Hi, I'm Sam, I love movies. My main interests are science fiction and zombie movies. I also enjoy pessimistic and survival films a lot.
How can you exceed or at least equal a masterpiece? Sometimes, even with a remarkable effort, you simply cannot.
Interesting enough, it cannot be said that the Wachowski were lazy designing the sequel to The Matrix. If anything, The Matrix Reloaded suffered from an insane amount of energy focused in the wrong direction.
The Wachowskis were heavily involved in a fantastic anthology of high quality animated shorts called The Animatrix. Those animated stories explained many loose ends and introduced new characters to the saga. The Animatrix also was connected with another cultural product, also directed by the Wachowski: the video game Enter the Matrix.
But when it comes to the actual film, The Matrix Reloaded seems to be designed to cheat its way into convincing us that it has a lot of depth instead of having it organically. Where The Matrix had complex philosophic discussions enclosed in simple conversations, Reloaded is full of tautological, repetitive and sometimes even unnecessary dialogues.
Don't believe me? Here are some examples of phrases directly taken from the movie, decontextualized for bigger impact:
“we’re all here to do what we’re all here to do”
“we’re not here because we’re free, we’re here because we’re not free”
“Some things never change and some things do”
“We do only what we’re meant to do”
“I know because I must know”
It should be noted that none of these phrases belong to the, perhaps on purpose, infamous character of The Architect (Helmut Bakaitis), that arrogant white old man whose existence seems to be a plot device to explain the mythology better but ends up leading one of the most frustrating moments (with some unintentional comedy!) in recent cinematic memory. I doubt there is a person on this planet who understood his entire explanation in the first viewing.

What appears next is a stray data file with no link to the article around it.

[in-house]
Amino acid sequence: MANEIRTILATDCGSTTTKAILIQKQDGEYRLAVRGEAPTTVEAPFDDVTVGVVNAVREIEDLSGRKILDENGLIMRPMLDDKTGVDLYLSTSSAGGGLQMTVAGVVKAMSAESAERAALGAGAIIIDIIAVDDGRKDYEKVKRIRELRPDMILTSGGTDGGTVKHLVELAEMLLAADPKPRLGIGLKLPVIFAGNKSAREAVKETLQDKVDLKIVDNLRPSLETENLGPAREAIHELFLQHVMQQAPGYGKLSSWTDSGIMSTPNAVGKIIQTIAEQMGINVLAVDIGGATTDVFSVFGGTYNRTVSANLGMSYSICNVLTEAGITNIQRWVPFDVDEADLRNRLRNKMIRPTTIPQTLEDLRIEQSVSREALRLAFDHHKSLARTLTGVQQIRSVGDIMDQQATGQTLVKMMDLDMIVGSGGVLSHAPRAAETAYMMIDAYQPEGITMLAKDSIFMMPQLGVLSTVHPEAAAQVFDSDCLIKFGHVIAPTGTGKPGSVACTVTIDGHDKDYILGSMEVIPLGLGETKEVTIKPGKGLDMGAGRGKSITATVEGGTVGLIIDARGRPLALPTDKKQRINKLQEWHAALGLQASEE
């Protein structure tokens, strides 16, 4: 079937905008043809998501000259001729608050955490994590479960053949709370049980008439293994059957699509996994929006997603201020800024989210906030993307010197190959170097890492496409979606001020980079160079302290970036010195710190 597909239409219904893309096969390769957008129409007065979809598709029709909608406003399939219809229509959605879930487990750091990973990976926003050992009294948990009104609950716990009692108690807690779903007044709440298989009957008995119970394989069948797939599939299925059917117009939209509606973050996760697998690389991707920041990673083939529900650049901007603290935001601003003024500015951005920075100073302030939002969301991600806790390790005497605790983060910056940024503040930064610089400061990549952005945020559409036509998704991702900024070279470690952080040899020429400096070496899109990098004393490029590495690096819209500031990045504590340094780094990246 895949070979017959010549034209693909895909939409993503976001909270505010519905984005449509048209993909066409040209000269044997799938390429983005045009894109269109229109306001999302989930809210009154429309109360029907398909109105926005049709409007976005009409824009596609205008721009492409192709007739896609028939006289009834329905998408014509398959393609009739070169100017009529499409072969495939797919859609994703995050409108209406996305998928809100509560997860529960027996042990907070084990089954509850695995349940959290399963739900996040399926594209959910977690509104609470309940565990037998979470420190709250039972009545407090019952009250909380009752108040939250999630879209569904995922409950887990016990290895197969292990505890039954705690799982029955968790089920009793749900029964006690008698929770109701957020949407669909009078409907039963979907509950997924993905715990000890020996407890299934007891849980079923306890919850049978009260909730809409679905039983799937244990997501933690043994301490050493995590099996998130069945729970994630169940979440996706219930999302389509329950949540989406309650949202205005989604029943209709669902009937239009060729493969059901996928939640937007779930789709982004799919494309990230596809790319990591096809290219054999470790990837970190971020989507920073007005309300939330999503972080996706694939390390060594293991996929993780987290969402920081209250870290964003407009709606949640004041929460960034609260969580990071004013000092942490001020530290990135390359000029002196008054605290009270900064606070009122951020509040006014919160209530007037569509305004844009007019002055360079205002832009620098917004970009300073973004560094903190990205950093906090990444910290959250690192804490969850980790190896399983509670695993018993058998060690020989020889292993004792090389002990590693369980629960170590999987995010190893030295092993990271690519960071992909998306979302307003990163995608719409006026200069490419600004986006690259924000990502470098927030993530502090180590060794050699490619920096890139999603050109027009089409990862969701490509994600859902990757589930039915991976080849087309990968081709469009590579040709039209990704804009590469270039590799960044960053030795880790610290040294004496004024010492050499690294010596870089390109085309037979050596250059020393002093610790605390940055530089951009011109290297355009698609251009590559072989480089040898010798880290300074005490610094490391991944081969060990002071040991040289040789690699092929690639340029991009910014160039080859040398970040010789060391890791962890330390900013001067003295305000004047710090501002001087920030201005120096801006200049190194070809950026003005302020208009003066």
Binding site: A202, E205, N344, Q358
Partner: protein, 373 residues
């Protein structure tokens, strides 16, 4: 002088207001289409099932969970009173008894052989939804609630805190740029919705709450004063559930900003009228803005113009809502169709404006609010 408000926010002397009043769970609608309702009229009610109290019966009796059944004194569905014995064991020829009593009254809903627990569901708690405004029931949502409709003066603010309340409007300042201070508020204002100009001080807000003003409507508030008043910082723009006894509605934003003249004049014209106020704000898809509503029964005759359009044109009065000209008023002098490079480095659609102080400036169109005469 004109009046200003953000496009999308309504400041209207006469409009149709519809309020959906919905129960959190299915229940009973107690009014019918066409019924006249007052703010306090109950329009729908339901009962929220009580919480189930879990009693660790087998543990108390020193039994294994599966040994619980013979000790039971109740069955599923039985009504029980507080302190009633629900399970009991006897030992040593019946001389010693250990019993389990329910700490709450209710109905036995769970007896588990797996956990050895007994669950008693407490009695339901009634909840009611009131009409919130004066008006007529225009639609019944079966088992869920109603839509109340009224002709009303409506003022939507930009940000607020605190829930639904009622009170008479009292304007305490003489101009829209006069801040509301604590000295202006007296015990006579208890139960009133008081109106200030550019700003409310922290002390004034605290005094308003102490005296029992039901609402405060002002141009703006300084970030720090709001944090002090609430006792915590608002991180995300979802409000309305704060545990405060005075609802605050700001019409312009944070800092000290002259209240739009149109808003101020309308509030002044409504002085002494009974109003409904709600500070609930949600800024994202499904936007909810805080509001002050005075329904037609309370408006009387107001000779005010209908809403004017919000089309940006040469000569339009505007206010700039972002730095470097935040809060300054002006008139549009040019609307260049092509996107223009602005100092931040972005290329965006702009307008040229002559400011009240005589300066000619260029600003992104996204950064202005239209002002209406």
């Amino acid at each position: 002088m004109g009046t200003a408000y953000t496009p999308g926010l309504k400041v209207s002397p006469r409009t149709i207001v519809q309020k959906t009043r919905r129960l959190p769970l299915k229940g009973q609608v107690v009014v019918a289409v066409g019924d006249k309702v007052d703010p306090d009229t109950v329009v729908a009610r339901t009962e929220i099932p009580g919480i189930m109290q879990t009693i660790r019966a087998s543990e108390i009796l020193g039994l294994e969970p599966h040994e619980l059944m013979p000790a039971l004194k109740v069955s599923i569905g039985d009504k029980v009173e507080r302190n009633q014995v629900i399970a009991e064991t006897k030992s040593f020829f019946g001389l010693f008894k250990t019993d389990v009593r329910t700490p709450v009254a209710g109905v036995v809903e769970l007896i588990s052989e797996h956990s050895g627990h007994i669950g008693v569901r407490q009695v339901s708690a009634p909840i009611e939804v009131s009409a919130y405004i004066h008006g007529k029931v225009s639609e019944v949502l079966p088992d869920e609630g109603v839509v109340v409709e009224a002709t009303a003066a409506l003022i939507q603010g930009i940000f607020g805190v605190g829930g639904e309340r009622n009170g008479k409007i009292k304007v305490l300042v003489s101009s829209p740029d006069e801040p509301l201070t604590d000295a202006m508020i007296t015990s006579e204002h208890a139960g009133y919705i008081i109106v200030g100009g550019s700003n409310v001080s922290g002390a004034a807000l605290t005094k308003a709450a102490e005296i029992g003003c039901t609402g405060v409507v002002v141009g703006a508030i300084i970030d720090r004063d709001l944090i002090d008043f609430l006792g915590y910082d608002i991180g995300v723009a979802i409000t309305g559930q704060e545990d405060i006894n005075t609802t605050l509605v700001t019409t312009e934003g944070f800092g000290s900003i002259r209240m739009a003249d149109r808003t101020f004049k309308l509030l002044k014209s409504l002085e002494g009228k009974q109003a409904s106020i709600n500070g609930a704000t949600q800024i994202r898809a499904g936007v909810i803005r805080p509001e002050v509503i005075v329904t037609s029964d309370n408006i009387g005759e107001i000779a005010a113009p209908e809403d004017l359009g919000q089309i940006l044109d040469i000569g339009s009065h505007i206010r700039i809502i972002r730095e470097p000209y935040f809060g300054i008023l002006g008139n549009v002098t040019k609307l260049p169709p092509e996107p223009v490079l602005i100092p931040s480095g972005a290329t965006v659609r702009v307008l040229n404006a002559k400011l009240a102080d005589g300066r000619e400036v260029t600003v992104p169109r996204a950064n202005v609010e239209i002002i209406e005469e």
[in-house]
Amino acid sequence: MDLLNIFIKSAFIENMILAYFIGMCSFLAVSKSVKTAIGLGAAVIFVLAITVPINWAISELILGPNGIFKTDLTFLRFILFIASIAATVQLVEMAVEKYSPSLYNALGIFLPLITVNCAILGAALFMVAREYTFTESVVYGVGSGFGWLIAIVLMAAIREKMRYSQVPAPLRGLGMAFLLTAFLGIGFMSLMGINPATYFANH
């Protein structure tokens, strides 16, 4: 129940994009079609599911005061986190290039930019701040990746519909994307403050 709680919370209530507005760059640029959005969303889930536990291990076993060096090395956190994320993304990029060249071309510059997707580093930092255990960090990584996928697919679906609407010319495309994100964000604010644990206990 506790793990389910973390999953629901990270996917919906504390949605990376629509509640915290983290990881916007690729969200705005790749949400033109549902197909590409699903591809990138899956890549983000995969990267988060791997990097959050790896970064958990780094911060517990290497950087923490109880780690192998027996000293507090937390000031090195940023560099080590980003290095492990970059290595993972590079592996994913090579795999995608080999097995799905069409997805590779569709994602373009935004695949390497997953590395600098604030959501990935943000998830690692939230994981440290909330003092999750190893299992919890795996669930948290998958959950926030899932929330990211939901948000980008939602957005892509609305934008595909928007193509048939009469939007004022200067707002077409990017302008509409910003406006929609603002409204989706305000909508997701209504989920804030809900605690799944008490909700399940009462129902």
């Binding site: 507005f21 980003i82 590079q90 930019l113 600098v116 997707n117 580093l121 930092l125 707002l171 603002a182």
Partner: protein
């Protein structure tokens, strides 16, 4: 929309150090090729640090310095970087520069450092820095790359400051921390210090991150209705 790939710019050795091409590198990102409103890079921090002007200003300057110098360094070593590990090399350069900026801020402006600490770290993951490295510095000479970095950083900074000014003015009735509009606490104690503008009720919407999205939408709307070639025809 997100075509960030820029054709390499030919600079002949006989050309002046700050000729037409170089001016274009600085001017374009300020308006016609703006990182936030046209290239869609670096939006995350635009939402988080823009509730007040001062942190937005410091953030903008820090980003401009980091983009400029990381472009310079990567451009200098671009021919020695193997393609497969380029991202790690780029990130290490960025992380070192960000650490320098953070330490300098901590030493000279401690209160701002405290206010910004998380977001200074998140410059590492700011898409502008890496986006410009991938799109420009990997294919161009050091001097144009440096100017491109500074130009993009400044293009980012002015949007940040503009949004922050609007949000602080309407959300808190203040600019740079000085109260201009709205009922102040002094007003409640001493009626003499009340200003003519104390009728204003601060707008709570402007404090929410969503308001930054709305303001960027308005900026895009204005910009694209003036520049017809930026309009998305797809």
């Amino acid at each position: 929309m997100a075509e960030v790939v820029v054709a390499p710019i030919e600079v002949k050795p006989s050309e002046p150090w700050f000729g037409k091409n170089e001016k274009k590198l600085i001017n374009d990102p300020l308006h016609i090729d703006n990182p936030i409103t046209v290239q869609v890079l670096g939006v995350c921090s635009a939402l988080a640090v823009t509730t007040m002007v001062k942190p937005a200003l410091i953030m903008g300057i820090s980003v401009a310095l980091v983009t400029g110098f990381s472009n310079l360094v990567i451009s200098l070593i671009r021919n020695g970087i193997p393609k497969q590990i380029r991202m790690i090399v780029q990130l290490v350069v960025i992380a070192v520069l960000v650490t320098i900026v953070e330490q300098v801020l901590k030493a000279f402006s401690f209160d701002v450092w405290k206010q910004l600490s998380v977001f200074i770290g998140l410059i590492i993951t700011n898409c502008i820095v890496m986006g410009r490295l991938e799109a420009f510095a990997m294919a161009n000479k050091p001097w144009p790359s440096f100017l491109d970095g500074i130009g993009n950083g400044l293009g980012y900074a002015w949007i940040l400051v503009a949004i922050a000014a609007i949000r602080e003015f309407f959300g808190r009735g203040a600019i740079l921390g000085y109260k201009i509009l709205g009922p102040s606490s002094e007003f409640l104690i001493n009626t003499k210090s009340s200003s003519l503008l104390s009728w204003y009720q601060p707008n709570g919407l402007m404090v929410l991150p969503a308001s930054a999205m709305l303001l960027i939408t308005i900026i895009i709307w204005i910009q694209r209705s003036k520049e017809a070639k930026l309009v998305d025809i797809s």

The Matrix Reloaded leaves in the background the philosophical debates (which unlike the original movie, feel forced here) to focus on trying to solve the logic of its own universe.
That same unbridled and poorly channeled effort is technically seen in some sequences, where the ambition or obsession for the "bigger and better" (classic sequel trope that takes elements of the original and multiplies/enhances them) clearly exceeds the final result. The Wachowski, almost in exquisite irony, relied too much on the machines and ended up "betrayed" by them.
For example, after analyzing the 100 Smiths fight (AKA "Burly Brawl") sequence, it was determined that it would be impossible to make the scene using the bullet-time technology. The CGI animation then came as a replacement and did the work, but in the long term came up short, sentencing the film to an early "mortality."
Only a couple of years later, those Neos and Smiths were already perceived as low-quality-mid-rendered animated characters. The PS3 and Xbox 360 graphics were already superior.
Of course, even with all these setbacks, The Matrix Reloaded is way above the average blockbuster. That "Burly Brawl" scene, even with its "Polar-Expressy" feel, it's an outstanding display of choreography, rhythm, musicalization and direction and its technical legacy is undeniable. The same can be said of other sequences such as the highway chase or the battle with the Merovingian's henchmen.
The new characters don't pack the same punch that the original ones had the first time we saw them, but visually manage to be memorable enough to be remembered. Niobe (Jada Pinkett Smith), The Merovingian (Lambert Wilson), Monica Bellucci (Yes, her character is called Persephone, but we all know her as "Monica Bellucci in The Matrix"), the twins (Neil and Adrian Rayment) and even the arrogant Architect have the sufficient dose of good design and pertinence in the plot to fit in the mythology. Link (Harold Perrineau), on the other hand, fail to hide the noticeable absence of the beloved Tank.
Unfortunately, all of the few pros are aesthetic. The richness of themes and ideologies perfectly compiled in The Matrix are for the most part absent in Reloaded.
The Matrix Reloaded show us programs that goes rogue and behave like viruses, A hint of a Matrix-within-the-Matrix theory, a twist on Neo's role and a look at Zion, the last human city on the planet.
It wasn’t enough. Sometimes, the bar is just unreachable.
Title: The Matrix Reloaded
Release Year: 2003
Director(s): The Wachowski Brothers
Actors: Keanu Reeves, Laurence Fishburne, Carrie-Anne Moss, Hugo Weaving, Monica Bellucci, a.o.
© 2019 Sam Shepards